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Wind Clodagh To Strike UK

November 27, 2015

By Paul Homewood


h/t 1saveenergy  




This is the sort of article that the Met Office were getting squeamish about earlier.

The Star reports (but please avert your eyes from the rugby!):


The country is set to be buffeted by the third named Met Office storm this weekend, with Clodagh following Abigail and Barney in attacking British shores.

Clodagh is expected to linger for TWO WEEKS, with Atlantic systems bringing gales and snow until December 9 or even later.

Charities are warning that temperatures over Christmas and New Year could plummet to -14C, which could see as many as 50,000 Brits killed by cold weather.

Scottish mountains could be coated in half a metre of snow at the weekend, while gusts will buffet Black Friday shoppers tomorrow as the frenzy to grab bargains gets into full glow.

Colder air will start flooding south on Saturday, the Met Office says.

Winds will reach 50mph in the west on Friday, 60mph from tomorrow, 65mph in the south on Saturday and up to 100mph in Scotland on Sunday.

Snow of between 30 and 50cm will fall in the Scottish Highlands, while a Met Office forecaster said snow was "likely on northern hills".

MeteoGroup forecaster Laura Caldwell said: "With indications of stormy weather, keep an eye out for Clodagh, the next named storm."

The Met Office said: "Storm Clodagh will become the third storm named by the Met Office when a storm is next forecast to have an impact on the UK.

"From Friday, it will be very windy, with gales possible, especially on Sunday.

"Monday looks like hill snow in the North and a windy day, with a risk of gales.

"From Tuesday to December 9, a succession of Atlantic weather systems are likely to spread across the UK.

"Northern areas are likely to bear the brunt, with the strongest winds, heaviest rain as well as sleet or hill snow.

"Temperatures will feel colder due to the strength of the wind."

The Met Office’s forecast to the end of January said El Nino means a greater risk of New Year freezes due to the bitter easterlies that helped cause December 2010’s -21.3C Big Freeze and January 2013’s -13.6C chill.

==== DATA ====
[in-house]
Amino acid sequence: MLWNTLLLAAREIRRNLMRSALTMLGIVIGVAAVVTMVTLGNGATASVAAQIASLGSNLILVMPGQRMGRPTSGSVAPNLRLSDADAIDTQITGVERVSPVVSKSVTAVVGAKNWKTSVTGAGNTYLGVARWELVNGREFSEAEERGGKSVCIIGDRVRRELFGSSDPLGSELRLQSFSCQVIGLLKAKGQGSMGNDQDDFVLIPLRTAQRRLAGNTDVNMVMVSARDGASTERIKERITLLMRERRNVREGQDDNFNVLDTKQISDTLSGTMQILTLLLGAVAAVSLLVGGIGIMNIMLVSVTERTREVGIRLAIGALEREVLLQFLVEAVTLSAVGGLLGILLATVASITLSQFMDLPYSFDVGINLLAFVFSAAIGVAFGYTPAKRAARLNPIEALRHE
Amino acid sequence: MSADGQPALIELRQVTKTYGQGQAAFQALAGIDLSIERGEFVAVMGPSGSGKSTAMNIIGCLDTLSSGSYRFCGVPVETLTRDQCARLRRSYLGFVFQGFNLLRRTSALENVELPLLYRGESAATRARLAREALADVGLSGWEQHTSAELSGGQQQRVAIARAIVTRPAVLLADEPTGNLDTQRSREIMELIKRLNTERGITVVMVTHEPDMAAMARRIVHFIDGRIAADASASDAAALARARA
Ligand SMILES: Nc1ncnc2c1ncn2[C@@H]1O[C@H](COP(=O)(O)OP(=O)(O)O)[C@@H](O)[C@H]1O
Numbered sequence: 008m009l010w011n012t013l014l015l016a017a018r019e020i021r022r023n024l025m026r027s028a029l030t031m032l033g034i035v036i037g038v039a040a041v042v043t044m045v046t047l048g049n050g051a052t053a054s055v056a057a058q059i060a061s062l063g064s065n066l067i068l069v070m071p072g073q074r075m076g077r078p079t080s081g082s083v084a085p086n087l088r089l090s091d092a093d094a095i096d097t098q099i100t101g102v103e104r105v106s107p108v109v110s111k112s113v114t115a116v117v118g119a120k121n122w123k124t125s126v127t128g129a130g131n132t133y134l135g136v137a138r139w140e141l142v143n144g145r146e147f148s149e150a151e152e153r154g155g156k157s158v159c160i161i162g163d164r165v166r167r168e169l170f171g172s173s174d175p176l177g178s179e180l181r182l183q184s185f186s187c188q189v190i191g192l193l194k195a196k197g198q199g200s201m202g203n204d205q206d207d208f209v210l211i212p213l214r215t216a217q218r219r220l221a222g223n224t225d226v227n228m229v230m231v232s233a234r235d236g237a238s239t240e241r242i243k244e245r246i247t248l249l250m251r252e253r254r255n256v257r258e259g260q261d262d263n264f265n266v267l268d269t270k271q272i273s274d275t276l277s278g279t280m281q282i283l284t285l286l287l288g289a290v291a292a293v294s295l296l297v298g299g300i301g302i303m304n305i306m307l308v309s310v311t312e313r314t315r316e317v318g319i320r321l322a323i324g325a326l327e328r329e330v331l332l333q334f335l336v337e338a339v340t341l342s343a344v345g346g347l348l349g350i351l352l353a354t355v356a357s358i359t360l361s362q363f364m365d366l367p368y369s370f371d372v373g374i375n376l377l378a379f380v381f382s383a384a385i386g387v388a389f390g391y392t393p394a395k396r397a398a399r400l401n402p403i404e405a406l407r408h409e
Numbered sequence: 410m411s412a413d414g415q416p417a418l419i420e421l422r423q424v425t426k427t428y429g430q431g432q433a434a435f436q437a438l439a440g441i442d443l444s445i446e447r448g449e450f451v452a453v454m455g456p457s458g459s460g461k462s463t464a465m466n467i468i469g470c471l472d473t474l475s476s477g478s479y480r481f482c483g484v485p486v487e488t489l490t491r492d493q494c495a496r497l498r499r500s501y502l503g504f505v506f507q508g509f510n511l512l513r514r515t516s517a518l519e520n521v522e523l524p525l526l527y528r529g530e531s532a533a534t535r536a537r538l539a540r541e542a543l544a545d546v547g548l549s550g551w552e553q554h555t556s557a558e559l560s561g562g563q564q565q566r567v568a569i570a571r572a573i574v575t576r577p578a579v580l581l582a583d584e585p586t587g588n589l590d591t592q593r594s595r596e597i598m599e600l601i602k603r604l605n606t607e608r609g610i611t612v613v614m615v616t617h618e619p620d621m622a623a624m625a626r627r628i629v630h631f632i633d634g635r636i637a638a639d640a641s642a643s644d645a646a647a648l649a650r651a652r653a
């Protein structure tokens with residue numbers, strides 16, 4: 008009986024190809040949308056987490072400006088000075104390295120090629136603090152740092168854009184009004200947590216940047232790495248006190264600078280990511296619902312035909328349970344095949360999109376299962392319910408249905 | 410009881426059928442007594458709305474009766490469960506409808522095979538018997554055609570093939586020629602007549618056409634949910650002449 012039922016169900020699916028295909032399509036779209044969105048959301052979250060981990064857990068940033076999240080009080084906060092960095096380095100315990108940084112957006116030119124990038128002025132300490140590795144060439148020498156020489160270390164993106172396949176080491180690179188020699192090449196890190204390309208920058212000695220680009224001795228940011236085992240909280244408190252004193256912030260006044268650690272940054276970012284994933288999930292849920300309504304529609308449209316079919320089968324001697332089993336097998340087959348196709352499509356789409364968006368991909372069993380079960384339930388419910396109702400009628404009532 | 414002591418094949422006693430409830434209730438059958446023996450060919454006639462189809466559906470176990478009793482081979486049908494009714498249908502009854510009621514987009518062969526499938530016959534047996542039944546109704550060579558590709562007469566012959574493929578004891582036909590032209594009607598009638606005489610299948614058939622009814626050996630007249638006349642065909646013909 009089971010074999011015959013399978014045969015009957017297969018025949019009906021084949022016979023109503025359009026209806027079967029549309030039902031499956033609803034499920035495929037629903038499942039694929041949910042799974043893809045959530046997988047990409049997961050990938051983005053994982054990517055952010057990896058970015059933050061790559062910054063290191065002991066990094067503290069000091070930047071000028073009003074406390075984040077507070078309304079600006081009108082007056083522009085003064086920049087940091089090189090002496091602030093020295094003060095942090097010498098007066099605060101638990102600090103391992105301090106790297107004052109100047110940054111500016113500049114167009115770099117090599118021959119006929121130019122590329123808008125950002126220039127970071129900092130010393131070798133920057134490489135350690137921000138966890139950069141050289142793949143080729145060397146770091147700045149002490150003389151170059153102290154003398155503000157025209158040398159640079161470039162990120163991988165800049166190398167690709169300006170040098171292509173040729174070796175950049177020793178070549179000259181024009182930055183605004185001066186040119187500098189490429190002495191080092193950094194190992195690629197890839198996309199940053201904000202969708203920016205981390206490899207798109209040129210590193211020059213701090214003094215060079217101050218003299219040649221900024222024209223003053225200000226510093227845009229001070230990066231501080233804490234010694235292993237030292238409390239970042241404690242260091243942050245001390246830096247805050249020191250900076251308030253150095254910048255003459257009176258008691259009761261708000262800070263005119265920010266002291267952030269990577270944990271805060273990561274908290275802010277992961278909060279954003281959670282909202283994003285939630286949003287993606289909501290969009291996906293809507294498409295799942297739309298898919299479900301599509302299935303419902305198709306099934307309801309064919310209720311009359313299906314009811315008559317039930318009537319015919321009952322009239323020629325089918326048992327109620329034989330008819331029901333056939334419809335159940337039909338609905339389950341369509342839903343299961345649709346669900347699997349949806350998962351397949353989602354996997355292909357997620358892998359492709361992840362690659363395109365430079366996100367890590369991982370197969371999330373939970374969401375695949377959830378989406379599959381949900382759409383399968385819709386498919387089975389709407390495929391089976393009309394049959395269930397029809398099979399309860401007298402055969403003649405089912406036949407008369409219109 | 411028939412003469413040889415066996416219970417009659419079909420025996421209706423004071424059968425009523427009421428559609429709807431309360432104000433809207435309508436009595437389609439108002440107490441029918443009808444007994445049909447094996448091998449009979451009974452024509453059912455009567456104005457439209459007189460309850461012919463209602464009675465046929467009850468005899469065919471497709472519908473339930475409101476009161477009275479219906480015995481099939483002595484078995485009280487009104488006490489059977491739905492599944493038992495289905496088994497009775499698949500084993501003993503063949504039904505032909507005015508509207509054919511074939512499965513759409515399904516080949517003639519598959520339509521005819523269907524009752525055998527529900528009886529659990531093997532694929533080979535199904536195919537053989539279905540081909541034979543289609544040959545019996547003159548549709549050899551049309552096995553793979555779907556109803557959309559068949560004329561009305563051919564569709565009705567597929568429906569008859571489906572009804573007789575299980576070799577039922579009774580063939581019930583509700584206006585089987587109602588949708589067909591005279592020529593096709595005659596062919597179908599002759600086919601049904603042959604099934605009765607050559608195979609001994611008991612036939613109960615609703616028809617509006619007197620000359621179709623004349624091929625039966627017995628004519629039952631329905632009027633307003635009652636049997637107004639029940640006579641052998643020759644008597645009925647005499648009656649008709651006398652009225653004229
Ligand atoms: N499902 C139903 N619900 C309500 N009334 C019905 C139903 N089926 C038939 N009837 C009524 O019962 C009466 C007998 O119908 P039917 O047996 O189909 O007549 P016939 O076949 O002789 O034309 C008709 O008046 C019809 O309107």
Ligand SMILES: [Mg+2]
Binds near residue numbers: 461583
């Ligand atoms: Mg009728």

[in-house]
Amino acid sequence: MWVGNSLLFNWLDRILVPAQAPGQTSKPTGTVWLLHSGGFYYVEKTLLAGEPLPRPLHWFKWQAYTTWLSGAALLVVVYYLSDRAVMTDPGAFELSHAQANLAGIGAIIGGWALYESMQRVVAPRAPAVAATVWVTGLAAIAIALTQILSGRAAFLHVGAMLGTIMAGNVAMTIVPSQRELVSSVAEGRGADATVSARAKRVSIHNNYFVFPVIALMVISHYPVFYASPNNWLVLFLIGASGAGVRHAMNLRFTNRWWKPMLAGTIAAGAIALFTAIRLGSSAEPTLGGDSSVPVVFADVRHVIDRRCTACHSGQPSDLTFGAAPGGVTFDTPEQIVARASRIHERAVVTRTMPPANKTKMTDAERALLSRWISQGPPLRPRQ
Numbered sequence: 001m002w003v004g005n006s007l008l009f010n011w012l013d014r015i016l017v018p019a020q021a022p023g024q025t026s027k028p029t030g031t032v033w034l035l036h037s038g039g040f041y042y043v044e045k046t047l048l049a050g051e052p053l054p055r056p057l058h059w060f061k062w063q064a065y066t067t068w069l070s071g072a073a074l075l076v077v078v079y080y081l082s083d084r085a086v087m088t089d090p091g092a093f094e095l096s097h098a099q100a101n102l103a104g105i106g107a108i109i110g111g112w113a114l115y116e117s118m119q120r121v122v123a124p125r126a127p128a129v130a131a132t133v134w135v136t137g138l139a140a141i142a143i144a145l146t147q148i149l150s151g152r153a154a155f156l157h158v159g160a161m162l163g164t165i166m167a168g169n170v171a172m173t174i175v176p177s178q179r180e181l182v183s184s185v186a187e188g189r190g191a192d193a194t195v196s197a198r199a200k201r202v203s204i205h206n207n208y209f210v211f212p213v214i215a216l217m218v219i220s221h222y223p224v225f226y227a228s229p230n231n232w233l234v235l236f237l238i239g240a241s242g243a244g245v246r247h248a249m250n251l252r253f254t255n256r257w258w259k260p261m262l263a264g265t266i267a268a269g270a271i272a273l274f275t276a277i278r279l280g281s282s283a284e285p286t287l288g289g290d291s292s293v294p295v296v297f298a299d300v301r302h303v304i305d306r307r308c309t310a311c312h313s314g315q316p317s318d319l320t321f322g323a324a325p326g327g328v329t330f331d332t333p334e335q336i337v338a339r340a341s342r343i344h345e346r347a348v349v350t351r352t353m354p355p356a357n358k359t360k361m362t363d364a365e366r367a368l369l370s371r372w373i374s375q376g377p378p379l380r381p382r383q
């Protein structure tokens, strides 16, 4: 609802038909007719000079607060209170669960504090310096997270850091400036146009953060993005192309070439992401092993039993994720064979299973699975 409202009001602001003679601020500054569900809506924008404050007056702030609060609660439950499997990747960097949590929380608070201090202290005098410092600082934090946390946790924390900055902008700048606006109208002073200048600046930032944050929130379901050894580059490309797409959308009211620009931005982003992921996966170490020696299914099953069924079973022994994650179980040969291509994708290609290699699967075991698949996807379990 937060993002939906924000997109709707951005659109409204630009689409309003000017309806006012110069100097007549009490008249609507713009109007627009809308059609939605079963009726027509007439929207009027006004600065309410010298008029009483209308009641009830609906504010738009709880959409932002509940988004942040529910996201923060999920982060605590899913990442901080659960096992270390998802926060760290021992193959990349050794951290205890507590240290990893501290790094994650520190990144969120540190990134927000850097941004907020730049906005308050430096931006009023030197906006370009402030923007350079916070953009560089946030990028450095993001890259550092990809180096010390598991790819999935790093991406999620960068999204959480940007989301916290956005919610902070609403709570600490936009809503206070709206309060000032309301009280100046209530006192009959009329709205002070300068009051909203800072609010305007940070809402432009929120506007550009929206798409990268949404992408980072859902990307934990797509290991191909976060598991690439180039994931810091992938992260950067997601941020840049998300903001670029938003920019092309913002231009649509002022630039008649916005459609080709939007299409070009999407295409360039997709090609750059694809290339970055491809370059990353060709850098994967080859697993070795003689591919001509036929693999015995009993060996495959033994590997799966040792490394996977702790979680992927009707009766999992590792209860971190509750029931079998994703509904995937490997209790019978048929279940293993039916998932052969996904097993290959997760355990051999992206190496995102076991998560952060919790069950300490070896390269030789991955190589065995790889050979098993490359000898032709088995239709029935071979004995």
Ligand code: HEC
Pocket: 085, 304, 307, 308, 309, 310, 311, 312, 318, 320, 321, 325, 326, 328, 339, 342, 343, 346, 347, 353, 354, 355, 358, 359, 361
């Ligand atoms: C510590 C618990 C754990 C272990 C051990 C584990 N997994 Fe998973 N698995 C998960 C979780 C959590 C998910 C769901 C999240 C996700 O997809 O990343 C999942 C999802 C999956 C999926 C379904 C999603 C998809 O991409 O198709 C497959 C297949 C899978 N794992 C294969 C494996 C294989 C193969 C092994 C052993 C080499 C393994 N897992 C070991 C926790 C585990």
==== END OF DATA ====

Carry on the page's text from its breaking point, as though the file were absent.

Energy Bill Revolution director Ed Matthew said: "This winter’s toll could be far worse, thousands higher than 43,900 deaths in last years mild winter, due to freezing weather forecast this winter."



The Met Office 5-day outlook is rather more muted:




Expect a wet and windy weekend, but, as the Met Office told us in their blog, nothing unusual for this time of year.

Time to take the dog for a walk, I think!

  1. November 27, 2015 2:06 pm

    The MO are going to look even more stupid (if that is possible) if the have to use the name after all!

  2. CheshireRed permalink
    November 27, 2015 2:11 pm

    That’s one hell of a zit.

  3. Ian Magness permalink
    November 27, 2015 2:17 pm

    But… but…. but…., I thought it was that catastrophic global warming that was supposed to cause all those deaths, not cold!
    Oh my, we’re just all going to die. Thank you Met Office for warning us!

  4. AZ1971 permalink
    November 27, 2015 5:09 pm

    This is an example of sheer Brit lunacy – that in last year’s mild weather, there was nearly 44,000 deaths. And they want to do away with fossil fuels to rely on intermittent wind and solar to keep people alive???

    Imagine if 44,000 people died here in the U.S. due to exposure. The outrage would be so vociferous that heads would roll in our state and federal government!

  5. November 27, 2015 5:17 pm

    Yawn. Do people really pay good money for such tosh

  6. Donald Freeman (@Belasarion) permalink
    November 28, 2015 1:59 am

    I had to look that figure up. Last year the attributed a lot of the deaths to the failures of the NHS; last year the flu vaccine failed. It only protected 3% of the people that got it. The 43,900 figure is “excess” deaths that happen in the winter months for over 65’s. The measure the four winter months against the four preceding and 4 succeeding months.

    Every year they have excess deaths. its just that some years are more excessive than others, right? They list cold, poor housing, damp and wet, poor medical care as the causes. It affects more people in the northwest which is right where this storm is coming from.

  7. johnbuk permalink
    November 28, 2015 7:54 pm

    Yeah, but what’s the name of your dog?

  8. November 29, 2015 12:31 pm

    According to Helen Willetts, on BBC news channel this morning, storm Clodagh has been named, by the Irish Met. Service!
    I guess that gets the UKMO of the hook?

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